How CMS Envisions Weaving Quality and Equity Together

April 12, 2022
LaShawn McIver, M.D., M.P.H., director of the Office of Minority Health, says CMS is working to stratify and analyze data by demographic and social risk factors to identify where there are gaps in access, quality and outcomes

LaShawn McIver, M.D., M.P.H., is director of the Centers for Medicare and Medicaid Services’ Office of Minority Health. On April 12, at CMS’ annual conference focused on healthcare quality, she spoke about the deeply rooted connection between equity and quality and how CMS is approaching quality improvement with an equity lens.

McIver joined CMS in August 2020. She previously led government affairs and advocacy efforts at the American Diabetes Association. She began her talk by defining what health equity means to CMS: the attainment of the highest level of health for all people, where everyone has a fair and just opportunity to attain their optimal health, regardless of race, ethnicity, disability, sexual orientation, gender identity, socio-economic status, geography, preferred language, or other circumstances.

“We are working to advance health equity by designing, implementing and operationalizing policies and programs that support health for all of the people CMS serves,” she explained. “Equity and quality are not one and the same. However, they are interconnected at the deepest level, and CMS firmly believes that we cannot have true quality without equity.”

CMS weaves quality and equity together in several ways, she said.

“Our Office of Minority Health is leading a data-driven approach to identifying structural barriers and uniting the agency to eliminate them. We are guided by the key considerations put forward by our stakeholders and partners to help align and focus our work,” she said. “Our providers, plans, individuals and community organizations set our priorities and we remain committed to adapting, adjusting and course-correcting to ensure we are meeting the needs of those we serve first and foremost” She also noted that the centers within CMS will work across HHS to tackle such issues as improving maternal health outcomes, advancing behavioral health, and being better prepared for the next pandemic or other health emergency.”

Better data gathering and analysis is one key to the strategy. “We stratify and analyze data by demographic and social risk factors to identify where there are gaps in access, quality and outcomes among and between specific populations.  We then are able to use this information to make data-driven decisions to focus resources and interventions to close these gaps and eliminate disparities.”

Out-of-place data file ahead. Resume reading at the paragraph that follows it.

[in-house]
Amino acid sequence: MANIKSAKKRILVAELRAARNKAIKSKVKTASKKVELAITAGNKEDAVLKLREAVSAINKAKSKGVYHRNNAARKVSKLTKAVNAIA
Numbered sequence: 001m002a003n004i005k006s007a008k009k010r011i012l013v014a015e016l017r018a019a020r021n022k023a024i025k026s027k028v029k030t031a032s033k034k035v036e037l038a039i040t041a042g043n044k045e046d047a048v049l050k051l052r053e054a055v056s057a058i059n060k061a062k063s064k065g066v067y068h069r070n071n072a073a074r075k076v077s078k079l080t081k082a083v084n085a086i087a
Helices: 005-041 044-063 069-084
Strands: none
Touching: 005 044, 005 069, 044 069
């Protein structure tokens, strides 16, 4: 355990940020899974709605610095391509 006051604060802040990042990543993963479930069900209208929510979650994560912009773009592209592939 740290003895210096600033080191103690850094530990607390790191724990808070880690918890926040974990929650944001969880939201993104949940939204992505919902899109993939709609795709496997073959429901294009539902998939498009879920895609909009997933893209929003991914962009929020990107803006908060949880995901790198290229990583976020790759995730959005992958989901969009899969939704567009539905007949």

By strengthening the infrastructure in historically underserved communities, including rural communities, tribal nations, territories and other geographically isolated areas, CMS can ensure these communities and providers and plans serving them have the resources they need to consistently deliver the highest quality care to help individuals achieve optimal outcomes, she said. “This is crucial, both during national health and environmental emergencies and under more stable conditions.”

McIver said CMS will also focus on building capacity of healthcare organizations and the workforce to reduce health and healthcare disparities. “We are paying particular attention to understanding and meeting the needs of providers plans and other organizations who disproportionately serve underserved communities to ensure CMS programs are structured in ways that allow these providers and networks to fully realize the intended benefits of these programs,” she said. “For example, we are considering ways that Accountable Care Organizations and value-based care can encourage participation among underserved and safety net providers, and how we can structure our programs to support providers in identifying and addressing social risk factors and social determinants of health as they provide care.”

Other areas of focus involve advancing language access, health literacy and the provision of culturally tailored services and working to increase all forms of accessibility to healthcare services and coverage so that all individuals with disabilities have improved access to quality health care coverage services and benefits.

We are working to promote broader coverage of services that address health-related social needs, such as nutrition supports, home modifications, wraparound housing supports and other services like home healthcare. These home- and community-based services help individuals age in place comfortably with the care and support they and their families need.

In closing, she said that CMS envisions success as all those served by CMS having achieved their highest level of health and well-being in that  disparities in healthcare quality and access have been eliminated. “As we work together to achieve this vision, we are committed to being transparent and accountable,” she said. “We are also committed to our partnerships with our local communities, states, U.S. territories, tribal nations providers, plans, quality improvement partners, social service providers, and the many other entities in our healthcare ecosystem.”

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